Thursday, September 23, 2010

The economy, today, OR flapping around like a landed, dying fish

Two liberal economists whom I trust when they write about the national economy are Robert Reich, Clinton’s Secretary of Labor and now a Professor of Public Policy at UC Berkeley; and Paul Krugman, longtime columnist with the New York Times and 2008 recipient of the Nobel Prize in Economics.

Reich has a recent post in his blog with the lengthy, very descriptive title "Why No Amount of Fiscal or Monetary Stimulus Will Be Enough, Given How Small A Share of Total Income the Middle Now Receives" where he tells us what can’t happen and needs to happen to give the American economy some much-needed OOMPH.

The Fed interest rate is near zero, so there’s both little room to lower it more, AND there’s no purposeful reason to lower it since businesses have money already they aren’t spending (and, thus, aren't looking for loans). [Consumers aren’t buying much, so there’s not an incentive for businesses to spend money by expanding.]

The problem we have is consumption. And citizen consumers aren’t motivated to spend in these flat-as-a-pancake economic times.

Also, citizens are uncomfortable spending money since, generally, they already owe so very much.

Writes Reich,

After three decades of flat wages during which almost all the gains of growth have gone to the very top, the middle class no longer has the buying power to keep the economy going. It can’t send more spouses into paid work, can’t work more hours, can’t borrow any more. All the coping mechanisms are exhausted.
And, putting a cattle prod to China — to make that nation up the value of its currency, for one thing — won’t help because, well, China is simply intransigent, and any fix from China would be snail-slow developing, any how.

The answer to the fix we’re in, Reich tells us is …
… reorganizing the economy to make sure the vast middle class has a larger share of its benefits. Remaking the basic bargain: linking pay to per-capita productivity.
In other words, promise of more money to the middle class will spur citizen consumers to feel better about their lives, be more confident, and begin to spend, again. All of which will cascade into greater and greater feelings of confidence and happiness and all will be well.

A recent column by Krugman, "1938 in 2010," compares the economic situation that Obama has to figure out how to deal with to where Franklin Roosevelt was in 1938.

Roosevelt’s policies to save the nation from the Great Depression were too cautious two years into his first term as president, just as Obama’s initial policies to save America from the Great Recession were too cautious.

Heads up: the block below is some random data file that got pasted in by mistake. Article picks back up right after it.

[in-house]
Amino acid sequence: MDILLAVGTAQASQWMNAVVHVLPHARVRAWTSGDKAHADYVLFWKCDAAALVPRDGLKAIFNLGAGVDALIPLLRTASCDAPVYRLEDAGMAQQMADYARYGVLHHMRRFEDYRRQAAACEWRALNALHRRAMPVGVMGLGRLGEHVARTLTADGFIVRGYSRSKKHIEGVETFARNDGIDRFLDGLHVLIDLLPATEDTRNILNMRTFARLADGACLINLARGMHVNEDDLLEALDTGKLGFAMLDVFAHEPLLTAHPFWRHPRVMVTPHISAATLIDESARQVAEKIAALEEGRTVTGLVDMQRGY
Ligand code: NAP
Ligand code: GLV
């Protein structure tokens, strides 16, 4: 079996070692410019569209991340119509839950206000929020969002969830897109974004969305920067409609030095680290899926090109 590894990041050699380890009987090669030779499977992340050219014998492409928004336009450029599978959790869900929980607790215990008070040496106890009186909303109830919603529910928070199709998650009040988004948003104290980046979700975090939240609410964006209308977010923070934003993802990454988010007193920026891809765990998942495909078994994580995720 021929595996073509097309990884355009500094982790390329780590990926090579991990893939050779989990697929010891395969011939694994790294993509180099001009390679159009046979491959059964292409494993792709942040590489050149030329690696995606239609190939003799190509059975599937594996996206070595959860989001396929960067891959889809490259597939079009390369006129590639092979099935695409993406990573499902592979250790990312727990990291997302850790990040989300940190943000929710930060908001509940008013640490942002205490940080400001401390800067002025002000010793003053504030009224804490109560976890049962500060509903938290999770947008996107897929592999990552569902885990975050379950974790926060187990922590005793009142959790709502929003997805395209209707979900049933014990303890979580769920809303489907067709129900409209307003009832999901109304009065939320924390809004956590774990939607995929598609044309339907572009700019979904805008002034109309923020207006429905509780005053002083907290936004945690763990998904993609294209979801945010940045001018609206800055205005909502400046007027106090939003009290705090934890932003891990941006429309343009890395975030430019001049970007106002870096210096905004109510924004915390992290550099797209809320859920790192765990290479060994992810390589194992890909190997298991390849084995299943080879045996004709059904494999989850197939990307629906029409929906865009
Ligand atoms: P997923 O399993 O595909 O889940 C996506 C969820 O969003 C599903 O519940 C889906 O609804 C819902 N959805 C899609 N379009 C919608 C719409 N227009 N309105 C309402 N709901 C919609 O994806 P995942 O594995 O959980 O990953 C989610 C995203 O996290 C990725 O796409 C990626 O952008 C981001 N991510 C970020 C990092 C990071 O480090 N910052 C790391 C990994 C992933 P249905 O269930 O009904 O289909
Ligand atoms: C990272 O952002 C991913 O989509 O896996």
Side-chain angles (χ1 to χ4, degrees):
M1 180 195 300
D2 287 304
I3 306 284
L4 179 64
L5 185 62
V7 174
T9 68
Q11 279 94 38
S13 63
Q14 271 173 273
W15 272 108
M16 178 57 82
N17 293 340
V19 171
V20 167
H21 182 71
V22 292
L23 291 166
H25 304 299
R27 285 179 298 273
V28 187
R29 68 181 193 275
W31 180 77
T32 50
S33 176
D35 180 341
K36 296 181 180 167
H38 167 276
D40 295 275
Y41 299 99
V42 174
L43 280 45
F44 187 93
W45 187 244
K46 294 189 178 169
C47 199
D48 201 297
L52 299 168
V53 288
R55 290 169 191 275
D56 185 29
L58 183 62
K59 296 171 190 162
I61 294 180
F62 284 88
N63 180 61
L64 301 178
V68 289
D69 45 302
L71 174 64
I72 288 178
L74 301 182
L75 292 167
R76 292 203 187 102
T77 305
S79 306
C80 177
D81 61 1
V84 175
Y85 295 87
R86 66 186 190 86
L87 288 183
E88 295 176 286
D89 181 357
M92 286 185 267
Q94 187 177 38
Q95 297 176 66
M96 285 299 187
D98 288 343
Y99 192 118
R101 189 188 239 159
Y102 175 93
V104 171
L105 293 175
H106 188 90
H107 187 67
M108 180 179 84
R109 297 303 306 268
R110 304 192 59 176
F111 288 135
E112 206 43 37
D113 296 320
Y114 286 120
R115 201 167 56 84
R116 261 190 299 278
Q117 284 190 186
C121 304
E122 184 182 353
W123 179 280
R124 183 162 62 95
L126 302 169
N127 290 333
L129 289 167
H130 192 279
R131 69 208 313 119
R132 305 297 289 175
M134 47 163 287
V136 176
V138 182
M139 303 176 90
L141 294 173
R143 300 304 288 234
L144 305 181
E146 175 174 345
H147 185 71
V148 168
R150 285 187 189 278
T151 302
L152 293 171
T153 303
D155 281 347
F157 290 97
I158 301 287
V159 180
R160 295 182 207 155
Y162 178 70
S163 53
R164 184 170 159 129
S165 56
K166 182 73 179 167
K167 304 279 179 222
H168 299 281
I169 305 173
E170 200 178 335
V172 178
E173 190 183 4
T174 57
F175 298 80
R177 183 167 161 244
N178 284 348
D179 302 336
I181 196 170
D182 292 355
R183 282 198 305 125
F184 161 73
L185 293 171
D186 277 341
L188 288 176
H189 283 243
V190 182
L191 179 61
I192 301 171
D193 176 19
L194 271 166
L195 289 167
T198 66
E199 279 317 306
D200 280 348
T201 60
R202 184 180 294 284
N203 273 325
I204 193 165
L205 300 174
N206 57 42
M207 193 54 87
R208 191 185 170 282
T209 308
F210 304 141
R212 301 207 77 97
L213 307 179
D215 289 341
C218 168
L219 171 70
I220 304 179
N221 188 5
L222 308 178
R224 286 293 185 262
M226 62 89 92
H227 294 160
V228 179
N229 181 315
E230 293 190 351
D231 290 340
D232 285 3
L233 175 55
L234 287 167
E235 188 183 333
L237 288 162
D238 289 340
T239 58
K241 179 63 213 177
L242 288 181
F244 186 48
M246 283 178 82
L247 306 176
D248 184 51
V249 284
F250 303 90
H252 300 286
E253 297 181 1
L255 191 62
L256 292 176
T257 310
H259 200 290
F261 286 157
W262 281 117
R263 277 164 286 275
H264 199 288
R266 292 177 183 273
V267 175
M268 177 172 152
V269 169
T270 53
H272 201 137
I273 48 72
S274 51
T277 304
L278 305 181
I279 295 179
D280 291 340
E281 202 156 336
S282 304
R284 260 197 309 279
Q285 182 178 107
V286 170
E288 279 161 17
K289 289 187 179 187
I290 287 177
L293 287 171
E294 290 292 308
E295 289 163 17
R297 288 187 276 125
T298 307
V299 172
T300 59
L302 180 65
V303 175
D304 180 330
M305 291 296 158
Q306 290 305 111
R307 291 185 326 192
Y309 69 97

The policy of each president hadn’t accomplished enough and Roosevelt was publicly unpopular because of economic stagnation, just as Obama is, today.

Each president found himself in “a political trap”: More stimulation (or stimulus, in Obama's case) was desperately needed, “but in the public’s eyes the failure of the initial program to deliver a convincing recovery discredited government action to create jobs.”

So, what did FDR do? Nothing really; that is, he made no economic move. What happened was World War II, and with all the immense spending that came with that, the economy began to purr like a kitten, albeit during a time when massive amounts of  kill-and-be-killed was happening.

Obviously, the last thing America needs now is more war. But what?

Krugman concludes his column thus:
I had hoped that we would do better this time. But it turns out that politicians and economists alike have spent decades unlearning the lessons of the 1930s, and are determined to repeat all the old mistakes. And it’s slightly sickening to realize that the big winners in the midterm elections are likely to be the very people who first got us into this mess, then did everything in their power to block action to get us out.

But always remember: this slump can be cured. All it will take is a little bit of intellectual clarity, and a lot of political will. Here’s hoping we find those virtues in the not too distant future.
Krugman's optimism is nice, but the country sure doesn't seem to be moving in a direction of "intellectual clarity." It's hard for me to be hopeful.

I think both Reich and Krugman are right, I just don't see that which they righty see as what needs to be done getting done.

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